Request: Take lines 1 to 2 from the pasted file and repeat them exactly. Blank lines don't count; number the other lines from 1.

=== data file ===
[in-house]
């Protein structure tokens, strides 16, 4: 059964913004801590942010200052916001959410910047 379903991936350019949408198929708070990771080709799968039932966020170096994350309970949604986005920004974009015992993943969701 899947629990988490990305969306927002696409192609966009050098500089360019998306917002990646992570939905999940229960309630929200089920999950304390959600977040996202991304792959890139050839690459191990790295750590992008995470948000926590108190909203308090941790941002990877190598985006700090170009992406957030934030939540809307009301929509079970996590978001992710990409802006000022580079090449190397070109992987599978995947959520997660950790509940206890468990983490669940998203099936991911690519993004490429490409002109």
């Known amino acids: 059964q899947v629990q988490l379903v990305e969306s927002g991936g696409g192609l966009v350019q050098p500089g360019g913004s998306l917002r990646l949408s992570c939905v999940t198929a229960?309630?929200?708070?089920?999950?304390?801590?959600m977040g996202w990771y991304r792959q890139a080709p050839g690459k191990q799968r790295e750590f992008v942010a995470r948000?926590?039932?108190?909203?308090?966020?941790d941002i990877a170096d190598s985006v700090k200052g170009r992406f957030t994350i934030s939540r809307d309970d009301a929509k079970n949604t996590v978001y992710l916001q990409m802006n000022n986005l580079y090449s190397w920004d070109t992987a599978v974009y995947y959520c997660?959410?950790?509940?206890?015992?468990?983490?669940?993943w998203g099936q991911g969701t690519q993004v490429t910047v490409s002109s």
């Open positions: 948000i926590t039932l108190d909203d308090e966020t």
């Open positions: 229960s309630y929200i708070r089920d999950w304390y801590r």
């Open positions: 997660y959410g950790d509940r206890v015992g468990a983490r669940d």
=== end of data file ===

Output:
[in-house]
């Protein structure tokens, strides 16, 4: 059964913004801590942010200052916001959410910047 379903991936350019949408198929708070990771080709799968039932966020170096994350309970949604986005920004974009015992993943969701 899947629990988490990305969306927002696409192609966009050098500089360019998306917002990646992570939905999940229960309630929200089920999950304390959600977040996202991304792959890139050839690459191990790295750590992008995470948000926590108190909203308090941790941002990877190598985006700090170009992406957030934030939540809307009301929509079970996590978001992710990409802006000022580079090449190397070109992987599978995947959520997660950790509940206890468990983490669940998203099936991911690519993004490429490409002109």